Individual Subscription – One Year – $200

Institutional Subscription – One Year – $750
(Includes access to the withholding-tax data series.)

The withholding data is also available from research firm, TrimTabs. However, they charge thousands of dollars, and don’t have anything close to the charts that we have here. And while we provide truly objective charts using nothing but the raw data, as well as a parallel series of charts adjusted for tax cuts, TrimTabs takes a more “impressionistic” approach. For example, in March of 2008, TrimTabs proclaimed the recession to be over. Read the MarketWatch story.

Can you believe that? TrimTabs sounded the “all clear” just as the economy was about to go over the cliff in historic fashion. TrimTabs based this judgment upon the fact that “withholdings during March were 4.1% higher than one year ago.” And while that was strictly true, it was obvious that the trajectory was pointing downward for anybody who studied the data. The red box on this chart shows the period in question:

So, while TrimTabs reported a ballbark number of 4.1% growth, it was a horrificaly bad interpretation of the situation. Growth had clearly peaked several months prior, and the withholding data was actually screaming “contraction” rather than signaling recovery.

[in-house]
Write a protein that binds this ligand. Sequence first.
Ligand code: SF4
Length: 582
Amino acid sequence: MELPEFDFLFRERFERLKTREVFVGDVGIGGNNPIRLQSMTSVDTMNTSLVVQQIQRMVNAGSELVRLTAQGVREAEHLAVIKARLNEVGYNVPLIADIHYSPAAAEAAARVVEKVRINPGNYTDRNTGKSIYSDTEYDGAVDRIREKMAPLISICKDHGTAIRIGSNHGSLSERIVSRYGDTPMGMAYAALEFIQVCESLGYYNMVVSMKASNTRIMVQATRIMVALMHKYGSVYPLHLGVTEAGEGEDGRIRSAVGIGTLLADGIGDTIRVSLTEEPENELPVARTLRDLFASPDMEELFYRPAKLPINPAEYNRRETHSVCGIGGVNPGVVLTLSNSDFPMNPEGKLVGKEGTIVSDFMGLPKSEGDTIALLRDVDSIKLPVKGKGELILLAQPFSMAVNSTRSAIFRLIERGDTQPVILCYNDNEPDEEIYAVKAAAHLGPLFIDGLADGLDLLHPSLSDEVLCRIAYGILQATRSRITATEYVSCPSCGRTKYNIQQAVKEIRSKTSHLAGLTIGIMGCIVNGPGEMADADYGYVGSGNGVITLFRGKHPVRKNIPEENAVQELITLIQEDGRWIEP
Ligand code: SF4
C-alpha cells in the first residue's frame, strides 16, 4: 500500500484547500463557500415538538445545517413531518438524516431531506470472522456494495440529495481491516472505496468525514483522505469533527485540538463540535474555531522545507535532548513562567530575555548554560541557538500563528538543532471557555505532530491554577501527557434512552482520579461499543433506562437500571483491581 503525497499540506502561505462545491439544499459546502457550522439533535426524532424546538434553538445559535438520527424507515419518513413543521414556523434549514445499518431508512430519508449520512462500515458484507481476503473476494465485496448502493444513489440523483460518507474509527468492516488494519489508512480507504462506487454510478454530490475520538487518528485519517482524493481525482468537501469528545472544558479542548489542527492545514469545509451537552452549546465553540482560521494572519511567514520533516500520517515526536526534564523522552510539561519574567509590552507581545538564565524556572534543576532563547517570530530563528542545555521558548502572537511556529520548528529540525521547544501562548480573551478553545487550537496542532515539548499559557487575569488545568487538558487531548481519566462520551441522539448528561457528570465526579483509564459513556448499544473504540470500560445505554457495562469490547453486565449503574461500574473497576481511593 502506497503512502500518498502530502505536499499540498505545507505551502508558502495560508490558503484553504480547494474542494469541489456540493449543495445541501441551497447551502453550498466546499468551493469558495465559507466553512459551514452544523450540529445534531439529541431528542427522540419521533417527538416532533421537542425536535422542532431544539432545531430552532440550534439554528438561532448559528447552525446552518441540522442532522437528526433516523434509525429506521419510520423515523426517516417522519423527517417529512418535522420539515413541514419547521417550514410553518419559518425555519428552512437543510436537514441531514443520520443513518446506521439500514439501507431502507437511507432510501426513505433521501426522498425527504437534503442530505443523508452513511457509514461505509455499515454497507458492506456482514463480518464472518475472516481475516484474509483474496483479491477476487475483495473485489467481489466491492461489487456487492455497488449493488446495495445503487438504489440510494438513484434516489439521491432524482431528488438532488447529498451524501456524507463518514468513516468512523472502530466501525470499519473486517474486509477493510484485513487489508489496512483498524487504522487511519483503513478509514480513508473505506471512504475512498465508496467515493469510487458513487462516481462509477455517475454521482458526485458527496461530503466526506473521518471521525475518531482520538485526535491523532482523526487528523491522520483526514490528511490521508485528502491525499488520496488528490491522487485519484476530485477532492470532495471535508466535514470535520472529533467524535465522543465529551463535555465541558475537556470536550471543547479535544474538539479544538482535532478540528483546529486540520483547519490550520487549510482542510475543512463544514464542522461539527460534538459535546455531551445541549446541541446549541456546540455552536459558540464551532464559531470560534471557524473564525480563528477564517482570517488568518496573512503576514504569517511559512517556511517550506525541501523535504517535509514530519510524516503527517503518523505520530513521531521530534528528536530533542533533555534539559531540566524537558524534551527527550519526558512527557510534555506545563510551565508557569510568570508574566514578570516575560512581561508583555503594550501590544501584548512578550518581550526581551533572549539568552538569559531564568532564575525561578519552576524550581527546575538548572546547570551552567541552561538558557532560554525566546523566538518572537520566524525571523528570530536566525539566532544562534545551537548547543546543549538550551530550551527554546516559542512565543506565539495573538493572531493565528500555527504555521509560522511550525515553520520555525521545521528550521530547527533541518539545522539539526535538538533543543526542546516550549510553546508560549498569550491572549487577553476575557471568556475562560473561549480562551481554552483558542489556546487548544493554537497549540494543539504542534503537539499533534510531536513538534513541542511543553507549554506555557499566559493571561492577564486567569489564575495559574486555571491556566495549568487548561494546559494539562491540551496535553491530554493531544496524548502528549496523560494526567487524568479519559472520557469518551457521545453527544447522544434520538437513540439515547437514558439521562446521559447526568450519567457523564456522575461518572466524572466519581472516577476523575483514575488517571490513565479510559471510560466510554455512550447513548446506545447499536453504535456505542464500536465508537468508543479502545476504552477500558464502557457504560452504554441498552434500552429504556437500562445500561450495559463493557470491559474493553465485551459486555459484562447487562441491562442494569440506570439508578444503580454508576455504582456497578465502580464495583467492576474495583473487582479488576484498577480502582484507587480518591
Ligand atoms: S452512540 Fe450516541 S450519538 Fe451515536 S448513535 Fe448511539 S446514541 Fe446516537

During the Summer of 2009, Larry Kudlow had Deutsche Bank chief economist Joe Lavorgna on his CNBC television show “The Kudlow Report” several times. Each time Lavorgna predicted an upside surprise showing job-creation in the BLS’s “Employment Situation” report. Lavorgna got it wrong every time. If he had been looking at the withholding data, he would have known that there was nothing good happening. Instead, he chose to follow his dogma about how “every economic cycle” evolves. Historically, jobs would indeed snap right back as the economy came out of a recession, but things played out differently in 2009. A positive (un-revised) number wasn’t reported until April 2, 2010.

The moral of the story is that the second-derivative analysis of the withholding tax data that we do here is the most powerful method of analyzing the growth of the US economy. It is far superior to the methods of even the best economists, and simply not available anywhere else.

You get quite a lot of bang-for-your-buck here at